Venezuela crisis: Anger over shortages triggers protests

Venezuela crisis: Anger over shortages triggers protests

People kill time waiting next to their cars as they queue for petrol. Photo: Yahoo News


Hundreds of protests have erupted across Venezuela in the past few days as anger mounts over frequent power cuts and shortages of fuel and drinking water, a non-governmental organisation monitoring social conflict says.

By Yahoo News

Sep 30, 2020

The protests started in Yaracuy but have since spread to other states in the country’s interior.

Residents accuse the government of neglecting the interior.

They say it diverts supplies to Caracas, where the government is based.

What are the protests about?

The grievances protesters cited as their reasons for taking to the streets were many, and included frequent power cuts and long spells in which the water supply to homes is cut, as well as shortages of petrol and gas used for cooking.

Many said that basic services in their community had ceased to function.

They were joined in some places by teachers demanding fair salaries and patients protesting about the poor conditions in the country’s hospitals.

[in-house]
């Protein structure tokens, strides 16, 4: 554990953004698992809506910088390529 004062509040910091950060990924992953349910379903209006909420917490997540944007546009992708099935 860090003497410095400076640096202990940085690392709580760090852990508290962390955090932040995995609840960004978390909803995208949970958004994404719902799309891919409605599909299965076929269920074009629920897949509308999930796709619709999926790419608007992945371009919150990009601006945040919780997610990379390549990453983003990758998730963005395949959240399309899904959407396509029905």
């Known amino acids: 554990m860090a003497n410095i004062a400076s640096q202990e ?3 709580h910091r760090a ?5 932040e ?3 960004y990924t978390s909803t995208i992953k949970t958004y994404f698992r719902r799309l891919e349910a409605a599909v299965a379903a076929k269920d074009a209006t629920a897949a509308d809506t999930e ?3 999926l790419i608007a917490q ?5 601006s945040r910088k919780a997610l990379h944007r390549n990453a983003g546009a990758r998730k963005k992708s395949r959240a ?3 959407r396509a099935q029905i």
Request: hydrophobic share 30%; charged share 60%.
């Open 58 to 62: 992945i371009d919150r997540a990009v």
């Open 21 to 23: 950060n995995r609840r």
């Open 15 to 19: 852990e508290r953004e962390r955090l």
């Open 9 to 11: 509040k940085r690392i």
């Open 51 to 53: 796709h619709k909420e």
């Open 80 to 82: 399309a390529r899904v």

Haven’t there been shortages for years?

Yes, Venezuelans have been struggling with power cuts, poor water supply and shortages of petrol, cooking gas and basic hygiene and food items for years.

But the coronavirus pandemic has made some of these shortages more acute.

Lockdowns introduced to curb the spread of coronavirus have forced Venezuelans to stay at home more, increasing the demand for already scarce supplies of propane gas.

If frequent cuts to the water supply caused anger before, it turned into outrage as Venezuelans could not wash their hands in the midst of the epidemic.

Many poorer Venezuelans live hand-to-mouth and the rolling lockdowns imposed by the government are making it even harder for many people to earn enough to feed themselves.

A study released by the United Nations World Food Programme in February – before the first case of the virus was reported in Venezuela – suggested that one in three Venezuelans were struggling to get enough food to meet the minimum nutrition requirements.

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